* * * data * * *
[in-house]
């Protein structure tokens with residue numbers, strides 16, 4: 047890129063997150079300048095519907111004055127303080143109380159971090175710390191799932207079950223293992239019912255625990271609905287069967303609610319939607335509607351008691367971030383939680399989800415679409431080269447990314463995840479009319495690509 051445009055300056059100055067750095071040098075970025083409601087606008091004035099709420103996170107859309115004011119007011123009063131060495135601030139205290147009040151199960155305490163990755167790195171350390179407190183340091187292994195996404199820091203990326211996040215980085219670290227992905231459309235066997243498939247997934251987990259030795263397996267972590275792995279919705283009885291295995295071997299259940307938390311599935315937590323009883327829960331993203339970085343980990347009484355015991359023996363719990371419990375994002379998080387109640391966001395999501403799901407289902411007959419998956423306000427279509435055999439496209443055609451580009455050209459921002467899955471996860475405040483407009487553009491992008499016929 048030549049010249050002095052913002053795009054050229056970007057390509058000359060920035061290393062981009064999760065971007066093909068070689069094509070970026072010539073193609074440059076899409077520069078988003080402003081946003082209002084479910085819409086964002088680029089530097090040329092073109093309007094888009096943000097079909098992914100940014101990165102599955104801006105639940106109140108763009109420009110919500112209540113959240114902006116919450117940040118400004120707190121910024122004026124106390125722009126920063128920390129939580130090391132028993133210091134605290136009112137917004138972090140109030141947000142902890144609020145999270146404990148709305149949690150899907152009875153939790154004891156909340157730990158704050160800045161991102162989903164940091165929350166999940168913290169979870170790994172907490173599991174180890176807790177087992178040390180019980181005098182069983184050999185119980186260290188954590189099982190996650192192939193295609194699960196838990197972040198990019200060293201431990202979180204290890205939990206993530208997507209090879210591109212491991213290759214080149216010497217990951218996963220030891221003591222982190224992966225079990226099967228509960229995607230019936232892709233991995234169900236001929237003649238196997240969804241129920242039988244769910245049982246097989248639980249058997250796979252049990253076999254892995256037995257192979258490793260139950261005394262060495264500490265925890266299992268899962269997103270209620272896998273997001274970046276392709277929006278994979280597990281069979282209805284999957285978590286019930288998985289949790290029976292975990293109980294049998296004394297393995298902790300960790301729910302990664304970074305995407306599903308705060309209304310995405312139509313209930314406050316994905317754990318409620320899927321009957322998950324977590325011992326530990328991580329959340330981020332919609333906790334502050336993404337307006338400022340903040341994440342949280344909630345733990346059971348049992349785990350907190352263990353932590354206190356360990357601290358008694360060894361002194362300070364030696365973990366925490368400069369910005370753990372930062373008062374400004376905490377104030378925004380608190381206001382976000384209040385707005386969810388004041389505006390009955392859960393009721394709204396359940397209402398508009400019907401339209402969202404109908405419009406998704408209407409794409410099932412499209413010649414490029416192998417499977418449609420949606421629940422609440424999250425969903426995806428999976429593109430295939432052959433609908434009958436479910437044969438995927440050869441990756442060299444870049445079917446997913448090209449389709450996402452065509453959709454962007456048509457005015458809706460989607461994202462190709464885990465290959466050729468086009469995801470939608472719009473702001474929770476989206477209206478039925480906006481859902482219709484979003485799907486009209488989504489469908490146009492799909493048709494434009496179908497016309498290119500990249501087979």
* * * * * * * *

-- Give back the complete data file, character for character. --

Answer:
[in-house]
């Protein structure tokens with residue numbers, strides 16, 4: 047890129063997150079300048095519907111004055127303080143109380159971090175710390191799932207079950223293992239019912255625990271609905287069967303609610319939607335509607351008691367971030383939680399989800415679409431080269447990314463995840479009319495690509 051445009055300056059100055067750095071040098075970025083409601087606008091004035099709420103996170107859309115004011119007011123009063131060495135601030139205290147009040151199960155305490163990755167790195171350390179407190183340091187292994195996404199820091203990326211996040215980085219670290227992905231459309235066997243498939247997934251987990259030795263397996267972590275792995279919705283009885291295995295071997299259940307938390311599935315937590323009883327829960331993203339970085343980990347009484355015991359023996363719990371419990375994002379998080387109640391966001395999501403799901407289902411007959419998956423306000427279509435055999439496209443055609451580009455050209459921002467899955471996860475405040483407009487553009491992008499016929 048030549049010249050002095052913002053795009054050229056970007057390509058000359060920035061290393062981009064999760065971007066093909068070689069094509070970026072010539073193609074440059076899409077520069078988003080402003081946003082209002084479910085819409086964002088680029089530097090040329092073109093309007094888009096943000097079909098992914100940014101990165102599955104801006105639940106109140108763009109420009110919500112209540113959240114902006116919450117940040118400004120707190121910024122004026124106390125722009126920063128920390129939580130090391132028993133210091134605290136009112137917004138972090140109030141947000142902890144609020145999270146404990148709305149949690150899907152009875153939790154004891156909340157730990158704050160800045161991102162989903164940091165929350166999940168913290169979870170790994172907490173599991174180890176807790177087992178040390180019980181005098182069983184050999185119980186260290188954590189099982190996650192192939193295609194699960196838990197972040198990019200060293201431990202979180204290890205939990206993530208997507209090879210591109212491991213290759214080149216010497217990951218996963220030891221003591222982190224992966225079990226099967228509960229995607230019936232892709233991995234169900236001929237003649238196997240969804241129920242039988244769910245049982246097989248639980249058997250796979252049990253076999254892995256037995257192979258490793260139950261005394262060495264500490265925890266299992268899962269997103270209620272896998273997001274970046276392709277929006278994979280597990281069979282209805284999957285978590286019930288998985289949790290029976292975990293109980294049998296004394297393995298902790300960790301729910302990664304970074305995407306599903308705060309209304310995405312139509313209930314406050316994905317754990318409620320899927321009957322998950324977590325011992326530990328991580329959340330981020332919609333906790334502050336993404337307006338400022340903040341994440342949280344909630345733990346059971348049992349785990350907190352263990353932590354206190356360990357601290358008694360060894361002194362300070364030696365973990366925490368400069369910005370753990372930062373008062374400004376905490377104030378925004380608190381206001382976000384209040385707005386969810388004041389505006390009955392859960393009721394709204396359940397209402398508009400019907401339209402969202404109908405419009406998704408209407409794409410099932412499209413010649414490029416192998417499977418449609420949606421629940422609440424999250425969903426995806428999976429593109430295939432052959433609908434009958436479910437044969438995927440050869441990756442060299444870049445079917446997913448090209449389709450996402452065509453959709454962007456048509457005015458809706460989607461994202462190709464885990465290959466050729468086009469995801470939608472719009473702001474929770476989206477209206478039925480906006481859902482219709484979003485799907486009209488989504489469908490146009492799909493048709494434009496179908497016309498290119500990249501087979």